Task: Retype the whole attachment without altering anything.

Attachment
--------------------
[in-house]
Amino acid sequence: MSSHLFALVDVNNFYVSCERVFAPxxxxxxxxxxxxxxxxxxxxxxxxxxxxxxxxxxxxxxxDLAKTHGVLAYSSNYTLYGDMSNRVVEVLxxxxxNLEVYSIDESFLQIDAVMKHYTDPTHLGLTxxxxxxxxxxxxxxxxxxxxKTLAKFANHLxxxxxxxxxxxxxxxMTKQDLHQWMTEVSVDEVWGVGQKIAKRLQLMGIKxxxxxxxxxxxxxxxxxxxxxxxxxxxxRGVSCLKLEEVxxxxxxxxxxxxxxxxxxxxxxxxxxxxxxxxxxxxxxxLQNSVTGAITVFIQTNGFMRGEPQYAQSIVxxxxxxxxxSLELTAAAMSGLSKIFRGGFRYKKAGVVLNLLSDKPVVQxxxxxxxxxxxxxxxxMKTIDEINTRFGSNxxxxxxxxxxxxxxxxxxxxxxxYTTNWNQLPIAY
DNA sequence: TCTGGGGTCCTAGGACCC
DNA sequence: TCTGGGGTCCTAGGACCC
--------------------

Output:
[in-house]
Amino acid sequence: MSSHLFALVDVNNFYVSCERVFAPxxxxxxxxxxxxxxxxxxxxxxxxxxxxxxxxxxxxxxxDLAKTHGVLAYSSNYTLYGDMSNRVVEVLxxxxxNLEVYSIDESFLQIDAVMKHYTDPTHLGLTxxxxxxxxxxxxxxxxxxxxKTLAKFANHLxxxxxxxxxxxxxxxMTKQDLHQWMTEVSVDEVWGVGQKIAKRLQLMGIKxxxxxxxxxxxxxxxxxxxxxxxxxxxxRGVSCLKLEEVxxxxxxxxxxxxxxxxxxxxxxxxxxxxxxxxxxxxxxxLQNSVTGAITVFIQTNGFMRGEPQYAQSIVxxxxxxxxxSLELTAAAMSGLSKIFRGGFRYKKAGVVLNLLSDKPVVQxxxxxxxxxxxxxxxxMKTIDEINTRFGSNxxxxxxxxxxxxxxxxxxxxxxxYTTNWNQLPIAY
DNA sequence: TCTGGGGTCCTAGGACCC
DNA sequence: TCTGGGGTCCTAGGACCC